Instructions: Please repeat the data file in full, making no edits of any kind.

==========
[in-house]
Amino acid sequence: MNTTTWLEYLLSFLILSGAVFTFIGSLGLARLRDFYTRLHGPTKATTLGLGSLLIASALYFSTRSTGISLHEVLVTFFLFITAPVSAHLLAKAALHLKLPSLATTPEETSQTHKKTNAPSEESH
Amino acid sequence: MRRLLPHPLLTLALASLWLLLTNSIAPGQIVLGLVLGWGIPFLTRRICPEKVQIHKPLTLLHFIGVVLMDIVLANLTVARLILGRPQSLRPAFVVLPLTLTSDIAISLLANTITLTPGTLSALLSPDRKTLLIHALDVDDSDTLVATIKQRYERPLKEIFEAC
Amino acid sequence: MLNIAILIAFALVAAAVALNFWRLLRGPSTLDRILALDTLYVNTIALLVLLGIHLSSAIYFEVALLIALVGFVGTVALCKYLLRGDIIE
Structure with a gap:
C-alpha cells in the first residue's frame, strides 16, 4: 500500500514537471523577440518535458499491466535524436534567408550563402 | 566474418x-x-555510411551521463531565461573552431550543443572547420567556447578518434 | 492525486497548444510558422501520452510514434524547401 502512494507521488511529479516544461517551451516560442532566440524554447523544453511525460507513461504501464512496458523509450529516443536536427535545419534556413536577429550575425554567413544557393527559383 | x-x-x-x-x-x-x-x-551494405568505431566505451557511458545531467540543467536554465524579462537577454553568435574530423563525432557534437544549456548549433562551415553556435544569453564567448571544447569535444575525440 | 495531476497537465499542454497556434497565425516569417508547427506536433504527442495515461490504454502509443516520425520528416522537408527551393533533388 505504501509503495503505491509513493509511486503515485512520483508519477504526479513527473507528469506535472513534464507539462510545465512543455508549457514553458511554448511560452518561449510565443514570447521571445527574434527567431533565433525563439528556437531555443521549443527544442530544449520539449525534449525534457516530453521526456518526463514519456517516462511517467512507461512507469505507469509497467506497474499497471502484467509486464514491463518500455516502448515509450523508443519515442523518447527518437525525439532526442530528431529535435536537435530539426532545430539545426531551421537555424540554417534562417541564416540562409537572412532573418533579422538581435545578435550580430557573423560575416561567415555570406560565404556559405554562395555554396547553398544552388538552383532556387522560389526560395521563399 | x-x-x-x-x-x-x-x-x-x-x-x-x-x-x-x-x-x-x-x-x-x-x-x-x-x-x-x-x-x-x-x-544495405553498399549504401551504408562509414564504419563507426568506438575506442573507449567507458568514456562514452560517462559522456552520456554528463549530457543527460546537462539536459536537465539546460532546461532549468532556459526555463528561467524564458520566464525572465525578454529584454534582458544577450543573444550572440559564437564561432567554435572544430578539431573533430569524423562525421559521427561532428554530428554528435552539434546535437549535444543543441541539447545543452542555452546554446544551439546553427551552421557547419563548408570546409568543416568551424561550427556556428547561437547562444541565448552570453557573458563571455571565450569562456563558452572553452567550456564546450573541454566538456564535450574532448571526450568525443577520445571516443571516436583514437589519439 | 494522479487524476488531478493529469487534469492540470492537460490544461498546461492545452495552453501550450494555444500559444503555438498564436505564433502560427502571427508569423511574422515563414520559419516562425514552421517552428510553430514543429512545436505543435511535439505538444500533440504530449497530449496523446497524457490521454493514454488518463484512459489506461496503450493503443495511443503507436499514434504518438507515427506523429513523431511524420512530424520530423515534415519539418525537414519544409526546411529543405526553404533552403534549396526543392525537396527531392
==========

[in-house]
Amino acid sequence: MNTTTWLEYLLSFLILSGAVFTFIGSLGLARLRDFYTRLHGPTKATTLGLGSLLIASALYFSTRSTGISLHEVLVTFFLFITAPVSAHLLAKAALHLKLPSLATTPEETSQTHKKTNAPSEESH
Amino acid sequence: MRRLLPHPLLTLALASLWLLLTNSIAPGQIVLGLVLGWGIPFLTRRICPEKVQIHKPLTLLHFIGVVLMDIVLANLTVARLILGRPQSLRPAFVVLPLTLTSDIAISLLANTITLTPGTLSALLSPDRKTLLIHALDVDDSDTLVATIKQRYERPLKEIFEAC
Amino acid sequence: MLNIAILIAFALVAAAVALNFWRLLRGPSTLDRILALDTLYVNTIALLVLLGIHLSSAIYFEVALLIALVGFVGTVALCKYLLRGDIIE
Structure with a gap:
C-alpha cells in the first residue's frame, strides 16, 4: 500500500514537471523577440518535458499491466535524436534567408550563402 | 566474418x-x-555510411551521463531565461573552431550543443572547420567556447578518434 | 492525486497548444510558422501520452510514434524547401 502512494507521488511529479516544461517551451516560442532566440524554447523544453511525460507513461504501464512496458523509450529516443536536427535545419534556413536577429550575425554567413544557393527559383 | x-x-x-x-x-x-x-x-551494405568505431566505451557511458545531467540543467536554465524579462537577454553568435574530423563525432557534437544549456548549433562551415553556435544569453564567448571544447569535444575525440 | 495531476497537465499542454497556434497565425516569417508547427506536433504527442495515461490504454502509443516520425520528416522537408527551393533533388 505504501509503495503505491509513493509511486503515485512520483508519477504526479513527473507528469506535472513534464507539462510545465512543455508549457514553458511554448511560452518561449510565443514570447521571445527574434527567431533565433525563439528556437531555443521549443527544442530544449520539449525534449525534457516530453521526456518526463514519456517516462511517467512507461512507469505507469509497467506497474499497471502484467509486464514491463518500455516502448515509450523508443519515442523518447527518437525525439532526442530528431529535435536537435530539426532545430539545426531551421537555424540554417534562417541564416540562409537572412532573418533579422538581435545578435550580430557573423560575416561567415555570406560565404556559405554562395555554396547553398544552388538552383532556387522560389526560395521563399 | x-x-x-x-x-x-x-x-x-x-x-x-x-x-x-x-x-x-x-x-x-x-x-x-x-x-x-x-x-x-x-x-544495405553498399549504401551504408562509414564504419563507426568506438575506442573507449567507458568514456562514452560517462559522456552520456554528463549530457543527460546537462539536459536537465539546460532546461532549468532556459526555463528561467524564458520566464525572465525578454529584454534582458544577450543573444550572440559564437564561432567554435572544430578539431573533430569524423562525421559521427561532428554530428554528435552539434546535437549535444543543441541539447545543452542555452546554446544551439546553427551552421557547419563548408570546409568543416568551424561550427556556428547561437547562444541565448552570453557573458563571455571565450569562456563558452572553452567550456564546450573541454566538456564535450574532448571526450568525443577520445571516443571516436583514437589519439 | 494522479487524476488531478493529469487534469492540470492537460490544461498546461492545452495552453501550450494555444500559444503555438498564436505564433502560427502571427508569423511574422515563414520559419516562425514552421517552428510553430514543429512545436505543435511535439505538444500533440504530449497530449496523446497524457490521454493514454488518463484512459489506461496503450493503443495511443503507436499514434504518438507515427506523429513523431511524420512530424520530423515534415519539418525537414519544409526546411529543405526553404533552403534549396526543392525537396527531392